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More separating couples to be spared court battles

From April, anyone setting out to contest the terms of their separation in court will first be required to consider mediation, under a new protocol agreed with the Judiciary.

  

This usually takes place through one mediation awareness session, where both parties find out what the process can offer before they decide if it is right for them, and replicates the system already in operation for couples granted legal aid. It will not apply to couples not planning to contest their terms in court.

 

Mediation is often quicker, cheaper and less confrontational than going to court. Research shows it can cost a quarter of the price and take a quarter of the time of going to court, and with two thirds of publicly funded mediation already resulting in full agreement it can ensure better results for families too.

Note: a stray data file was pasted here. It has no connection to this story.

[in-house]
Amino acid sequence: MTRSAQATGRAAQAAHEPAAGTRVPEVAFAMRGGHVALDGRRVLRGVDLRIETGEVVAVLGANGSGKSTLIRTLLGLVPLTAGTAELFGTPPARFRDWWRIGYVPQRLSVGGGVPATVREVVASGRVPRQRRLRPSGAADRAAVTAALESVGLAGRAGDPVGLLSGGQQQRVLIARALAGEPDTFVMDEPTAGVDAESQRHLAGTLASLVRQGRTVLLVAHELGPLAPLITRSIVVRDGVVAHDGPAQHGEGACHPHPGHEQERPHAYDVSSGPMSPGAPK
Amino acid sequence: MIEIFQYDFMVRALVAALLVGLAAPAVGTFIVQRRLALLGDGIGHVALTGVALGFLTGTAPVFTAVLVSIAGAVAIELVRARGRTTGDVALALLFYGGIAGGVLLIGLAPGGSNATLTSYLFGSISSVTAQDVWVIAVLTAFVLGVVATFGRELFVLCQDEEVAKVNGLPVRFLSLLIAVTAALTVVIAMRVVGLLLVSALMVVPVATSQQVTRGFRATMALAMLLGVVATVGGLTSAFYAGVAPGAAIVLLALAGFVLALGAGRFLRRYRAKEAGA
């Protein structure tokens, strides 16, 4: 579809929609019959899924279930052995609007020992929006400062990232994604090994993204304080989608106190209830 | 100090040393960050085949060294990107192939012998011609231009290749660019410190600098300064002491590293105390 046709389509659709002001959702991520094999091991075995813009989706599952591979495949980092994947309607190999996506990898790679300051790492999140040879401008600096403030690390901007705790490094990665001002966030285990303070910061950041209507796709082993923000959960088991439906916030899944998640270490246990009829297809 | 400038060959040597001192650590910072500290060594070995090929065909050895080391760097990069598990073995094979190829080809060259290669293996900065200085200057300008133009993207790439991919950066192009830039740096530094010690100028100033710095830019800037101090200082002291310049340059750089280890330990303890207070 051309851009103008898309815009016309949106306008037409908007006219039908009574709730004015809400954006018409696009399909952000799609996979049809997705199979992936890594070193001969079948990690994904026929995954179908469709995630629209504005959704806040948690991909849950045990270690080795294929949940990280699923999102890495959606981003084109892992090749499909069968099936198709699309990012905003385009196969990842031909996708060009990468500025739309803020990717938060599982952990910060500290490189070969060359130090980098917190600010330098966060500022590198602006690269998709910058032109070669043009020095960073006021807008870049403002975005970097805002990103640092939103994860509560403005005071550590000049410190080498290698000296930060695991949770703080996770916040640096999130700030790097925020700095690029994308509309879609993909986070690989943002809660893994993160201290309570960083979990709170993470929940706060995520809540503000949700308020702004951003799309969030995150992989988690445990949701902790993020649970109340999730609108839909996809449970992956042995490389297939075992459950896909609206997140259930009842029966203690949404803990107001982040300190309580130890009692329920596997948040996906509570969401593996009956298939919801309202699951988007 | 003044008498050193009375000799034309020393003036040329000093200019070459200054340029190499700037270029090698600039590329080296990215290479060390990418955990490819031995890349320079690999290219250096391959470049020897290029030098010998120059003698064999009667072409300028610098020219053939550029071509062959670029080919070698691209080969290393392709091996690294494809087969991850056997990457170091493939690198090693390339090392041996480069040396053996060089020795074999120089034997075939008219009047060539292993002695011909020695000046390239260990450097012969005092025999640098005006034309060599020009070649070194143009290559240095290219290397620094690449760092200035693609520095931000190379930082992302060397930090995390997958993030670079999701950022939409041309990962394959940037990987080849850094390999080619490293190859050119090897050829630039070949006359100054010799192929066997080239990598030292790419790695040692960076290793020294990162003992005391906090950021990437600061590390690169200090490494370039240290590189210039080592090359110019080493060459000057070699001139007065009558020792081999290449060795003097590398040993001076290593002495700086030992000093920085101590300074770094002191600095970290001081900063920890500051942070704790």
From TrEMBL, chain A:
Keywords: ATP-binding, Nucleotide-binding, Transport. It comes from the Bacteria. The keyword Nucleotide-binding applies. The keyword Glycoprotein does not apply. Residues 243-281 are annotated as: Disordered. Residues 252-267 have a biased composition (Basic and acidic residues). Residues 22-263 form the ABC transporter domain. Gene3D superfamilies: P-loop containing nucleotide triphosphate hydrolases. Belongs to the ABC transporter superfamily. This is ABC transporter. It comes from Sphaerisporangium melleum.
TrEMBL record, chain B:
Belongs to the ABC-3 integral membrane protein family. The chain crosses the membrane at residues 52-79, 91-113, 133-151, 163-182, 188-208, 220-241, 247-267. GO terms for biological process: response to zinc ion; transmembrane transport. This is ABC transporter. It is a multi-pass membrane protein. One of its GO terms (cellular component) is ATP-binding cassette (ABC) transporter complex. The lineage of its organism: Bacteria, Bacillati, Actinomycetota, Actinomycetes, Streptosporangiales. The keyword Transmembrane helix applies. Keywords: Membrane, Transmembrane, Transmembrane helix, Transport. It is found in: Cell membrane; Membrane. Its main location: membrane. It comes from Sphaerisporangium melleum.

For couples who have decided separation is the only course of action, mediation means they can decide the terms of their split between themselves, helped by a trained and impartial mediator, rather than fighting each other through lawyers, with a judge making the key decisions which will shape their lives.

 

If both parties choose mediation, they will continue down that route. However if the mediator or either party feel that mediation will not be suitable in the individual case, or there is a risk to anyone’s safety, they will be exempted and the case can continue towards court.

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